Let It Snow, Let It Snow, Let It Snow

The UK is famed for many things; William Shakespeare, fish and chips, The Royal Family however maybe our most infamous British characteristic is our unpredictable weather.

This most recent bout of snowfall has been particularly horrendous, with many villages cut off from the rest of the country.

One of the overriding factors of the snow and ice and sleet and the wind and rain (the list goes on and on) is that many people have been unable to travel to their place of work. In some cases, this is entirely understandable, and the roads have indeed been treacherous. Others, however, have seen this as a perfect opportunity for a free holiday, ‘trapped’ at home and unable to possibly even entertain the idea of getting wrapped in countless layers and heading into the office.

Here in the CallScripter office, we have had several team members who have struggled to make it in, but even on those very rare occasions that it has proved impossible, they have still been able to work from home thanks to our well-connected hosting infrastructure.

Due to the snow, call centres up and down the country saw a dramatic increase of calls handled, due to car breakdowns, overflow call handling and accidents happening on the icy roads. Indeed our sister company, a call centre, managed a record-breaking amount of calls last week, a 25-40% increase in calls compared to an average week; this resulted in Wednesday being the busiest day on record in the call centre’s 12-year history.

However what happens if agents are unable to get into your call centre on time? Many journey times have been doubled, if not tripled, and that is if the roads are even accessible and safe to drive on; this ultimately puts call centres at risk, by looking unprofessional to their clients as call waiting times are increased. Therefore the customer on hold gets more and more impatient at the slow response time. Resulting in a no win, frustrating situation for all involved.

So what can be done to counter-act this? The cynical among us may say that people have to sleep in the office or set off three hours before their shift is due to start. However, the practicalities of this are not exactly realistic.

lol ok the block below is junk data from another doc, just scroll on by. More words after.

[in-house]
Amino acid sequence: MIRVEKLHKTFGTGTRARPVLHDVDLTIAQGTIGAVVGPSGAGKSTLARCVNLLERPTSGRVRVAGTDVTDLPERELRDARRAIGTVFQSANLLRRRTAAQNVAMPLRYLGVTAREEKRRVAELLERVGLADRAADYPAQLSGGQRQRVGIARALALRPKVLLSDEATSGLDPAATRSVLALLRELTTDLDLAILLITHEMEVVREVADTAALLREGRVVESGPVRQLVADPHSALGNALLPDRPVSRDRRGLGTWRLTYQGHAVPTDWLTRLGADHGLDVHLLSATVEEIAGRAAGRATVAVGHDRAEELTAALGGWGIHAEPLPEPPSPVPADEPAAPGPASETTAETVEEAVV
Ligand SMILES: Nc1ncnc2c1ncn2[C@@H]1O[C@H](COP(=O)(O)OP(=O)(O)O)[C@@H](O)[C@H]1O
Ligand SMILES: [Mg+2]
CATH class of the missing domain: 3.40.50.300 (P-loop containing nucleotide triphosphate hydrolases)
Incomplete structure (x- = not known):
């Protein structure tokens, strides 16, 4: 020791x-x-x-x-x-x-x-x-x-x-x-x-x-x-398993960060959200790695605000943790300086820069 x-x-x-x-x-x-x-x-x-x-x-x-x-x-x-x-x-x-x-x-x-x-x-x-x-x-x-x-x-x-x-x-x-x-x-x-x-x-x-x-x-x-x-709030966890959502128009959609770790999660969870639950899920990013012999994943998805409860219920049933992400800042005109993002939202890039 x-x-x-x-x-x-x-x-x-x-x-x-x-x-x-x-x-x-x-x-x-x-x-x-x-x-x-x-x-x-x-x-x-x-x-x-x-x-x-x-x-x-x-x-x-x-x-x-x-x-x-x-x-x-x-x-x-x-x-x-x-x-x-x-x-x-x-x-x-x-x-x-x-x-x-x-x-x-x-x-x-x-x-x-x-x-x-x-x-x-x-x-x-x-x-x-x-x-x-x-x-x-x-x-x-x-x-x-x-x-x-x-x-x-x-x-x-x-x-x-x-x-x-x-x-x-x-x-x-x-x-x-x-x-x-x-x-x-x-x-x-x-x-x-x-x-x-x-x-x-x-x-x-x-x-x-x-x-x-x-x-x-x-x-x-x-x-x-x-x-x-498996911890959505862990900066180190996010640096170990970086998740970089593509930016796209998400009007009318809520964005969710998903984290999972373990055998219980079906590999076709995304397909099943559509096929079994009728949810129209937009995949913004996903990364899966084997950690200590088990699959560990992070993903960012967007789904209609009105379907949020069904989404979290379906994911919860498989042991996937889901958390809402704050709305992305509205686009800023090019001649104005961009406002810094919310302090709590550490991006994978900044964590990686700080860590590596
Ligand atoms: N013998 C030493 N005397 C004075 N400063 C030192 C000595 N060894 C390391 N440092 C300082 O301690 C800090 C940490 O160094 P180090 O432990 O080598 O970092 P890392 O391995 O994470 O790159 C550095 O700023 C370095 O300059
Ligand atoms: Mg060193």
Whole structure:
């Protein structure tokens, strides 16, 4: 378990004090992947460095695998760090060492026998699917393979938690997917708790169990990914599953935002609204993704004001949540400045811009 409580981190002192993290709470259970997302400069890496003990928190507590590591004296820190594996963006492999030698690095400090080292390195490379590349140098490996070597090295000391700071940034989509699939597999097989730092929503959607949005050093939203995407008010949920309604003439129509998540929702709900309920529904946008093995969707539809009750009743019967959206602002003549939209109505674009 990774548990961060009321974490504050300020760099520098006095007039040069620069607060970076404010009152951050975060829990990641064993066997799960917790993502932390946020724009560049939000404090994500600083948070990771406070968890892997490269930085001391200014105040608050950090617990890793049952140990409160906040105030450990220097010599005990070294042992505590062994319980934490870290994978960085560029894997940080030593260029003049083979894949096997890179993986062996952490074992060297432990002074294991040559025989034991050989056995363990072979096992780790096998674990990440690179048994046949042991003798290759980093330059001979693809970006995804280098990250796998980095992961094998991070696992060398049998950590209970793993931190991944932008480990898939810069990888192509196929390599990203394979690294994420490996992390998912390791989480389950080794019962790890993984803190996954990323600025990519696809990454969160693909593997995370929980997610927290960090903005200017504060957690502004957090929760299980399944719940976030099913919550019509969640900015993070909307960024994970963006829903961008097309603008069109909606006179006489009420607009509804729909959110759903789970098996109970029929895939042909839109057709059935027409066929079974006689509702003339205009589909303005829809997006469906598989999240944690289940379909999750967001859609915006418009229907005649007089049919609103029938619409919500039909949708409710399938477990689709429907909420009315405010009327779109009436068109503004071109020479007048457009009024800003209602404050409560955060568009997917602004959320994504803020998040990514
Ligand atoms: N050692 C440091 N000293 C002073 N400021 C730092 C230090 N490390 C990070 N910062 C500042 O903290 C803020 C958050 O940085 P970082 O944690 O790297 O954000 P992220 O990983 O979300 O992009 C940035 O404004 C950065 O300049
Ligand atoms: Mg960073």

One solution that is currently working for a new breed of call centres is that of homeworking. By employing homeworkers your agents can work from the comfort of their homes; without putting their safety at risk by driving through the snow and ice; they will never be late, due to traffic or snow blocking the road; and as long as you ensure you have a reliable connection, callers will never realise that your agents are anywhere but the office! They can be sitting in their pyjamas handling calls, and no-one will be any the wiser.

By implementing homeworkers agents have the ability to work uninterrupted and also cover irregular shift patterns or emergency spikes in traffic (i.e. during a blizzard), meaning that productivity is higher and your clients receive a more comprehensive service.

Also, a hosted home working solution provides something extra for your customers. By having an organised system it can be utilised from any location, at any time, yet offers all the features and functionality of the premise based scripting software. The primary benefit of this solution is that there are no geographical barriers, meaning that your agents can work from anywhere, as long as they have a PC, a telephone and access to the Internet. It can also be scaled up or down, depending on demand.

Therefore it is perfect for emergency situations like the one we are currently experiencing with the snow. At peak times, and in crisis situations, you can just assign more of your agents to work from home, and when things begin to calm down, homeworking operations can immediately be scaled down, and your agents can resume their position within your call centre.

By the way, this year has started weather-wise (and certainly looks set to continue for the foreseeable future) can you afford not to implement a home working solution, even if it is just as a disaster recovery measure?